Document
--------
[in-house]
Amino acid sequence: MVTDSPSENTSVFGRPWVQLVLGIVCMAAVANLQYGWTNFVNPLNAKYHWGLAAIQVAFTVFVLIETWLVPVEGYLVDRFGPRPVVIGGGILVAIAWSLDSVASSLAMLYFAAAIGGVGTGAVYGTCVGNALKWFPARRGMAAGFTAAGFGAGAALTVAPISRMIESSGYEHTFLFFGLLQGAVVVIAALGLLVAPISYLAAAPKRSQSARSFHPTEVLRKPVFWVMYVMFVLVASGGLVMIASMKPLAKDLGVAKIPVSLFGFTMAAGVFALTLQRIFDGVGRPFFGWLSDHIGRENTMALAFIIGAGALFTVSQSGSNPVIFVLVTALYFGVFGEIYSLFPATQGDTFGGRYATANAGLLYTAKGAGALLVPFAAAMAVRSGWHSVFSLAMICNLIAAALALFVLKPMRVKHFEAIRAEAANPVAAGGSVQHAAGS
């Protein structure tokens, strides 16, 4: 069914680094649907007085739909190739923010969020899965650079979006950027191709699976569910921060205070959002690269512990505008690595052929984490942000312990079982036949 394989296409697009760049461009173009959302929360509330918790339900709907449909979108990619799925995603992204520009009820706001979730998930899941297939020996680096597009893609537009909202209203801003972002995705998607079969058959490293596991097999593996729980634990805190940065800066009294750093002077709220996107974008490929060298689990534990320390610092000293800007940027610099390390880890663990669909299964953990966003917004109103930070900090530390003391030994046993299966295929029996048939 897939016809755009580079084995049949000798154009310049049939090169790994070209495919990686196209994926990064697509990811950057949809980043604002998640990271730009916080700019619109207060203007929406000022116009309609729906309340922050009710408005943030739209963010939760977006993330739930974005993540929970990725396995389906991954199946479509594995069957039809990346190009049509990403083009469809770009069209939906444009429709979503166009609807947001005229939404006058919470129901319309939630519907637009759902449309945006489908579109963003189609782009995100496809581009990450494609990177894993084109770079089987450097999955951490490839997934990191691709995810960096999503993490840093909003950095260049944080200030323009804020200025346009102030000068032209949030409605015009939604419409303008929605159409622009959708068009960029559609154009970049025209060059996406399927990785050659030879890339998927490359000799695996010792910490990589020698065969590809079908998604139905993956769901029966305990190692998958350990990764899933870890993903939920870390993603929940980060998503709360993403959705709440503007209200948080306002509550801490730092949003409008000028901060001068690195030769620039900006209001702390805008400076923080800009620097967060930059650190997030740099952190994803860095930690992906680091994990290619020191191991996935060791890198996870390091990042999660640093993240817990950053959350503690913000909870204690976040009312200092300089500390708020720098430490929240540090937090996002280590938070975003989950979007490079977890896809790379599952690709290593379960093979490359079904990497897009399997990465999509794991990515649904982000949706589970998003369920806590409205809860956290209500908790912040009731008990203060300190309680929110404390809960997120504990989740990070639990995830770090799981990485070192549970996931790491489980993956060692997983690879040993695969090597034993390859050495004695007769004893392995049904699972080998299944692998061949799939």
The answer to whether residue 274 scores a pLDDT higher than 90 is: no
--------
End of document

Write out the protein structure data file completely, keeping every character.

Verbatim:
[in-house]
Amino acid sequence: MVTDSPSENTSVFGRPWVQLVLGIVCMAAVANLQYGWTNFVNPLNAKYHWGLAAIQVAFTVFVLIETWLVPVEGYLVDRFGPRPVVIGGGILVAIAWSLDSVASSLAMLYFAAAIGGVGTGAVYGTCVGNALKWFPARRGMAAGFTAAGFGAGAALTVAPISRMIESSGYEHTFLFFGLLQGAVVVIAALGLLVAPISYLAAAPKRSQSARSFHPTEVLRKPVFWVMYVMFVLVASGGLVMIASMKPLAKDLGVAKIPVSLFGFTMAAGVFALTLQRIFDGVGRPFFGWLSDHIGRENTMALAFIIGAGALFTVSQSGSNPVIFVLVTALYFGVFGEIYSLFPATQGDTFGGRYATANAGLLYTAKGAGALLVPFAAAMAVRSGWHSVFSLAMICNLIAAALALFVLKPMRVKHFEAIRAEAANPVAAGGSVQHAAGS
């Protein structure tokens, strides 16, 4: 069914680094649907007085739909190739923010969020899965650079979006950027191709699976569910921060205070959002690269512990505008690595052929984490942000312990079982036949 394989296409697009760049461009173009959302929360509330918790339900709907449909979108990619799925995603992204520009009820706001979730998930899941297939020996680096597009893609537009909202209203801003972002995705998607079969058959490293596991097999593996729980634990805190940065800066009294750093002077709220996107974008490929060298689990534990320390610092000293800007940027610099390390880890663990669909299964953990966003917004109103930070900090530390003391030994046993299966295929029996048939 897939016809755009580079084995049949000798154009310049049939090169790994070209495919990686196209994926990064697509990811950057949809980043604002998640990271730009916080700019619109207060203007929406000022116009309609729906309340922050009710408005943030739209963010939760977006993330739930974005993540929970990725396995389906991954199946479509594995069957039809990346190009049509990403083009469809770009069209939906444009429709979503166009609807947001005229939404006058919470129901319309939630519907637009759902449309945006489908579109963003189609782009995100496809581009990450494609990177894993084109770079089987450097999955951490490839997934990191691709995810960096999503993490840093909003950095260049944080200030323009804020200025346009102030000068032209949030409605015009939604419409303008929605159409622009959708068009960029559609154009970049025209060059996406399927990785050659030879890339998927490359000799695996010792910490990589020698065969590809079908998604139905993956769901029966305990190692998958350990990764899933870890993903939920870390993603929940980060998503709360993403959705709440503007209200948080306002509550801490730092949003409008000028901060001068690195030769620039900006209001702390805008400076923080800009620097967060930059650190997030740099952190994803860095930690992906680091994990290619020191191991996935060791890198996870390091990042999660640093993240817990950053959350503690913000909870204690976040009312200092300089500390708020720098430490929240540090937090996002280590938070975003989950979007490079977890896809790379599952690709290593379960093979490359079904990497897009399997990465999509794991990515649904982000949706589970998003369920806590409205809860956290209500908790912040009731008990203060300190309680929110404390809960997120504990989740990070639990995830770090799981990485070192549970996931790491489980993956060692997983690879040993695969090597034993390859050495004695007769004893392995049904699972080998299944692998061949799939």
The answer to whether residue 274 scores a pLDDT higher than 90 is: no